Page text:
So, overall, I am not sure it's as much frankly as a shift from high-end to volume systems as a slowing of the high-end which, by definition, makes it look like the low-end is going to grow. I think the low-end was kind of be growing anyway. What appears to us to have happened is a lot of customers said, you know, I think I'll put off for a quarter or so a decision about the next big out.

In terms of the profitability, over the long-term, the profitability of the low-end systems, I mean the high-end systems come from somewhere. They come from the low-end continuing to grow and expand and upgrade.

So, clearly, the high-end systems are more lucrative in the near term but again, we just want them on Sun. That gives us a better shot at the future. And again, we feel pretty good about our offerings on both sides.

David Wong - Wachovia

Great, thanks.

Ron Pasek

Operator, next question please?

Operator

Our next question comes from Richard Gardner from Citigroup.

Richard Gardner - Citigroup

Hi.

Jonathan Schwartz

Hi, Rich.

Richard Gardner - Citigroup

I just had a couple of questions. First of all, I was hoping you could give us some sort of indication of solaris attach rates on your volume systems these days and whether that's going up or down or sideways?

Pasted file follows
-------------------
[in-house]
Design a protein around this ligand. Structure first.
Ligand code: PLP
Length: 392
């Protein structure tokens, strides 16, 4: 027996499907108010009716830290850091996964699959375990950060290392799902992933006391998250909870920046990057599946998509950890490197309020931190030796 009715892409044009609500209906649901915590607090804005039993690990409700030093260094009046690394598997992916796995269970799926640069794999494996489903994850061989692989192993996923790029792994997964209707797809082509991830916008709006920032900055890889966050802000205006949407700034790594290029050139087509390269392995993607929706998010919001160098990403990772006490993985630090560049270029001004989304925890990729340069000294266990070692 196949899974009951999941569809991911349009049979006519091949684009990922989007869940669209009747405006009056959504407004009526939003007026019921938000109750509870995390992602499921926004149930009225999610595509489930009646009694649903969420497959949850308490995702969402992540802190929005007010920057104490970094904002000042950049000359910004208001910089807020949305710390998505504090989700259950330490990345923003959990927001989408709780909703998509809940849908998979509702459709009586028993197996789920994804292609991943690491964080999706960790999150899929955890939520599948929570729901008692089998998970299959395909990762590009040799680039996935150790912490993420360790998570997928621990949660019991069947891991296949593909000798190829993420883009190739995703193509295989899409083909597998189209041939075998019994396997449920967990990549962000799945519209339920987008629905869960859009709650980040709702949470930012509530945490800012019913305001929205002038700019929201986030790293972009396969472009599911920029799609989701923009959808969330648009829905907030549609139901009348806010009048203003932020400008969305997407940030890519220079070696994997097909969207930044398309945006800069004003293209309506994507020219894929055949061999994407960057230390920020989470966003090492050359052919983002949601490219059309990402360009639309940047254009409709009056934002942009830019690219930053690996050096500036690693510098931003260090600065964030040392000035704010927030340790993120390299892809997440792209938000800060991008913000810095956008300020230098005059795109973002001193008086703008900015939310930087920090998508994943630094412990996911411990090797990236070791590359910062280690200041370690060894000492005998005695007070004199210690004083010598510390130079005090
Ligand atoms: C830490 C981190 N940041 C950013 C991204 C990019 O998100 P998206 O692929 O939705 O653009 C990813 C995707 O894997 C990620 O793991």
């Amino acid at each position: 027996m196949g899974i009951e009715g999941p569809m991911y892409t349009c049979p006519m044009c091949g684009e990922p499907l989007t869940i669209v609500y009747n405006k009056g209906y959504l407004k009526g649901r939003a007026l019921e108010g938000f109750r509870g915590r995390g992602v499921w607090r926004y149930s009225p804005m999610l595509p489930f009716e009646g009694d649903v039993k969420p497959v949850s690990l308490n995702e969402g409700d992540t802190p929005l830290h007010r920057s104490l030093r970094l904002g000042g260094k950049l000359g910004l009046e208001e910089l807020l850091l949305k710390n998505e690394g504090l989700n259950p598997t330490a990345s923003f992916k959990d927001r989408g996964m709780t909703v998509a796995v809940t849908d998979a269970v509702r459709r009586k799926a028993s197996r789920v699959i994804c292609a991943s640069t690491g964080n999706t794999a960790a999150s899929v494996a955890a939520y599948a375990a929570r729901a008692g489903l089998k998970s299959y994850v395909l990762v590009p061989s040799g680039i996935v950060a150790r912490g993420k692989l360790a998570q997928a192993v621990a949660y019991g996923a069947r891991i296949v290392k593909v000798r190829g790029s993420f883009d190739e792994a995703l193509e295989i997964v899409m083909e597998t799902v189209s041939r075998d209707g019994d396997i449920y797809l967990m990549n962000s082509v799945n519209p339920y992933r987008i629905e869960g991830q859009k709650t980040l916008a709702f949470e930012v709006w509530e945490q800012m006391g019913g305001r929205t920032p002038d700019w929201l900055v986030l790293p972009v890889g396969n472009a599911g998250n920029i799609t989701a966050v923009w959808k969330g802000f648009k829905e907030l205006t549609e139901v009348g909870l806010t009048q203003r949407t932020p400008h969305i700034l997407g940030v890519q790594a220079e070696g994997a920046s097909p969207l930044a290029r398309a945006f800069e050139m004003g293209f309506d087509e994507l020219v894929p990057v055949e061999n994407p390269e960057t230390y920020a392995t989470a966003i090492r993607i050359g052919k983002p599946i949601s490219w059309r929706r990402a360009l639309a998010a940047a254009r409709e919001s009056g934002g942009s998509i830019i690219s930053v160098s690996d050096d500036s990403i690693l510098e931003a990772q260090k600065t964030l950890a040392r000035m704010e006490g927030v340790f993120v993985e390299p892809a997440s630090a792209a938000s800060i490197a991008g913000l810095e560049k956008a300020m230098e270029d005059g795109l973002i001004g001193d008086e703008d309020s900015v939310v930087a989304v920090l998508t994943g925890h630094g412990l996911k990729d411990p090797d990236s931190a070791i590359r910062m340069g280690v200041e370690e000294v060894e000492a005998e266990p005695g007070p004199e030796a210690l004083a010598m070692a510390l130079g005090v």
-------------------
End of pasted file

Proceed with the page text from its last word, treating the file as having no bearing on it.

Jonathan Schwartz

I think for the most part, it's going up. What we are seeing and clearly you can see this on the open storage line, the open storage are almost completely solaris-based. On the others, you know, on the broader x64 platforms and some of the blade offerings, it's a pretty strong mix between Linux, Windows and Solaris.

And frankly, we tend to be more exposed to the Linux and solaris side than we do to the traditional windows side given that hasn't been our historical focus but it's a pretty even balance at this point and we've a good proposition both on our own x64 systems as well as non-Sun platforms.

Richard Gardner - Citigroup

Can you give a sense of the trend though, Jonathan?

Jonathan Schwartz

If anything, I'd say the trend on solaris is up. We're seeing more customers specifically drawn to Sun because of ZFS, which is the file system at the core of solaris. But the fact that we've really built out the ISV portfolio really been added, we continue to talk to customers who had originally thought they might move away from solaris who are now moving back and not only on our own hardware but on third-party hardware.